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    World Dock Pudding Championships

    Dock Pudding is a distinctive West Yorkshire dish apparently only found (and with little wonder!) in the Calder Valley. It is made from dock leaves, nettles, oatmeal, onions, butter and seasoning. The dock pudding is then heated through to form part of a 'traditional' Yorkshire breakfast. The dock leaves used are from Polygonum Bistorta, a sweet variety and not common cow dock leaves. The spinach-like dock leave combo is usually fried together and served with bacon and eggs.


    During the Second World War, the German propagandist William Joyce, better known as ‘Lord Haw Haw' announced on German radio that food rationing was so bad in Yorkshire that people had resorted to eating ‘grass', unaware that dock pudding was supposed to be a delicacy!


    Mytholmroyd Community & Leisure Centre continues to host the World Dock Pudding Championship every year. The contest was first held in 1971 to major TV and news coverage nationwide.


    2000 to 2002 saw a winning streak for husband and wife team Trevor and Joan Whitworth.


    In 2003 after a three-way tie break , 23-year-old Owen Colville (ironically chef for the sponsors, Holdsworth House) was judged the winner by the panel. Interestingly, until that day Colville had never cooked dock pudding!


    In 2004, the award was won by Jette Howard, who also admitted that this was the first year she'd made dock pudding. In a break with tradition, Ms Howard created a vegetarian version using olive oil, onions and mushrooms served up with a pancake to narrowly win the title from Mr. Whitworth who was only one point behind.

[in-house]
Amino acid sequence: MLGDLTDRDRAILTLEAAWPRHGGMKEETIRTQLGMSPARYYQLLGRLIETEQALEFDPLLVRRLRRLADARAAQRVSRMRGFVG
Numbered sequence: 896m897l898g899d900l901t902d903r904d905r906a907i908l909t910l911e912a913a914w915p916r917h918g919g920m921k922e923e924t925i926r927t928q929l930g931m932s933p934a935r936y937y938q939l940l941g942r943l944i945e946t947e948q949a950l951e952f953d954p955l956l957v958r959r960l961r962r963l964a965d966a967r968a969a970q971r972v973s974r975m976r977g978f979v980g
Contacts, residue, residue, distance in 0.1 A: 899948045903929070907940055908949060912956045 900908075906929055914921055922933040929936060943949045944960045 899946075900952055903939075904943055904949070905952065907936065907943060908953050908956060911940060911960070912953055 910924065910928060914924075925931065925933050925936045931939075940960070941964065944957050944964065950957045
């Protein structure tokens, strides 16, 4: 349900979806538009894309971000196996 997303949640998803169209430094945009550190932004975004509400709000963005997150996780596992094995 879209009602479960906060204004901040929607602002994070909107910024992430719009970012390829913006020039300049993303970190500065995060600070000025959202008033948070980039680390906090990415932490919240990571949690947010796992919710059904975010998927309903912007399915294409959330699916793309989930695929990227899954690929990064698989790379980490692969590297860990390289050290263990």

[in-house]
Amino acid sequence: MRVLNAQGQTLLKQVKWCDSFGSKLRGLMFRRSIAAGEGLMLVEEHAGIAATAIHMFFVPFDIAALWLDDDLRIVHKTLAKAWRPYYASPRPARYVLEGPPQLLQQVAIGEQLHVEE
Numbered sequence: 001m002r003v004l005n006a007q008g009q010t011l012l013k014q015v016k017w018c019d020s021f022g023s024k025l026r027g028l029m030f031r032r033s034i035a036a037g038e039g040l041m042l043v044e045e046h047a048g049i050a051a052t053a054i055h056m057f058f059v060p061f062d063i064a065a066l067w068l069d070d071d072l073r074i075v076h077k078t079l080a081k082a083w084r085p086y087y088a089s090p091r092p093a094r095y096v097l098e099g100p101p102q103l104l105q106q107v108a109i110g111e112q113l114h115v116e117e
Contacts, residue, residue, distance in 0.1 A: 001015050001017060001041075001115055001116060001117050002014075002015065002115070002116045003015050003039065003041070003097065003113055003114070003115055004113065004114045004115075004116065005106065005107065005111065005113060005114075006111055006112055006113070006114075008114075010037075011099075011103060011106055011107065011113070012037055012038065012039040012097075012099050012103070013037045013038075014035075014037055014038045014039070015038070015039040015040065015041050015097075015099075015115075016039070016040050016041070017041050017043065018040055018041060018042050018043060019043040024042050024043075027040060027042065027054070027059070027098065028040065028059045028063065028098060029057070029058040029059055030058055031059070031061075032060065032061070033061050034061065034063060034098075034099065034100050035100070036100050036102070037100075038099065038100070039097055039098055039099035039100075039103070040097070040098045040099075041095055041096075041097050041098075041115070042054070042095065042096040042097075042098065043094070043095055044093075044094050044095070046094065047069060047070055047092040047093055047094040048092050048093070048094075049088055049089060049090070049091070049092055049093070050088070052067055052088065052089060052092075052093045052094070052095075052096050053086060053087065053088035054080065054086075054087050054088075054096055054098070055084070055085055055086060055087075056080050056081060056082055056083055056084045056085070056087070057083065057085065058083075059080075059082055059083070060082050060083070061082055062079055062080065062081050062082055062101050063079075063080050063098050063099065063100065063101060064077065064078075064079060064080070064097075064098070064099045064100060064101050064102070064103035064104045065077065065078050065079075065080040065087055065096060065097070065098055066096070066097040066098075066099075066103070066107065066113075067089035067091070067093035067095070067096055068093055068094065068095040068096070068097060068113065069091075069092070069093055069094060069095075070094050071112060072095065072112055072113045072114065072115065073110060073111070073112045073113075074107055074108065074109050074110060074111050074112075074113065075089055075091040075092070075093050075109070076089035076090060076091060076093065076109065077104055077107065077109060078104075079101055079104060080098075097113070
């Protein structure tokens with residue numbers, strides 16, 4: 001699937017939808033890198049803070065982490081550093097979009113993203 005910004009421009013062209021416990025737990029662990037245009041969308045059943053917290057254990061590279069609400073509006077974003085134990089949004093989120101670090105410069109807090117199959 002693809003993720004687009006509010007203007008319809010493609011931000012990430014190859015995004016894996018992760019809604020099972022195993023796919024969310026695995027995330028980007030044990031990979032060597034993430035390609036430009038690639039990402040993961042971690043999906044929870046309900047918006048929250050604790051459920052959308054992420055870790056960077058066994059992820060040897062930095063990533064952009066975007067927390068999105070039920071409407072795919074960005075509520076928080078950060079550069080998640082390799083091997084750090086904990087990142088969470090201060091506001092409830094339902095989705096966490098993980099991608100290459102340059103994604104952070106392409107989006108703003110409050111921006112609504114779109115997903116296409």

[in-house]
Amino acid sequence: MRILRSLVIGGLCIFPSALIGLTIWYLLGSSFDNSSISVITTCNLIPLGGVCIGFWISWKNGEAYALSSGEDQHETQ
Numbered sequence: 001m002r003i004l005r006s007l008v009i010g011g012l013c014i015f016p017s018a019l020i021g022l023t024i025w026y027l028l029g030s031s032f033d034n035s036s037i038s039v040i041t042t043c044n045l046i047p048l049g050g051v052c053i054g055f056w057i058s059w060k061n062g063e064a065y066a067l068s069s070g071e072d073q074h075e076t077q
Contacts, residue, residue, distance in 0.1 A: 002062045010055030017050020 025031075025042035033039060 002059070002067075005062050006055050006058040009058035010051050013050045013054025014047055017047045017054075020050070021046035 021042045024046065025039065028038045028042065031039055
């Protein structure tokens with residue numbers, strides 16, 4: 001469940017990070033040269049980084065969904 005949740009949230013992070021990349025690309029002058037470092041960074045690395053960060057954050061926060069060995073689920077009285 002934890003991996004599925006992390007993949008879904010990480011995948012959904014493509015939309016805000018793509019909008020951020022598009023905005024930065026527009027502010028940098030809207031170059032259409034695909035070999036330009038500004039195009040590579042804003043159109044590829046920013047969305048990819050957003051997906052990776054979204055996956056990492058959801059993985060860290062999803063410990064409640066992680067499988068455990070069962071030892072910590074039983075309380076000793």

Jette Howard wins the 2004 Championship


    The 2005 Dock Pudding Festival turned up another huge surprise as 13 year old twins, Clare and Kate Morrison, were declared World Dock Pudding Champions as well as claiming the Junior Prize. In a close result, former champions, Joan and Trevor Whitworth were relegated to second place with Doris Hurst third.


    Twins, Kate and Clare Morrison with World Championship


    Clare and Kate had been particularly keen to do well this year as they had been tutored by a close friend of the family, Mary Knowles, 79, who had been unable to enter the contest herself due to illness. Sadly, Mary died in January and Clare and Kate dedicated their victory to her memory. Their plate included a fried egg and also the traditional local potato cake.


    Traditional Recipe



    2 lb fresh, sweet variety dock leaves (polygonum distorta)

    2 large onions, or 2 large bunches of spring onions

    ½ lb nettles

    A handful of oatmeal

    A knob of butter

    Salt and pepper to taste


    Wash and clean the dock leaves and remove the stalks

    Wash and clean the nettles

    Chop the onions

    Fry the vegetables in the butter until tender

    Add the oatmeal and cook for about 20 minutes, stirring to prevent the mixture from sticking, the pudding is then ready for eating or for storing in a sealed container


    For more information about the Dock Pudding Championships

    (External Link)


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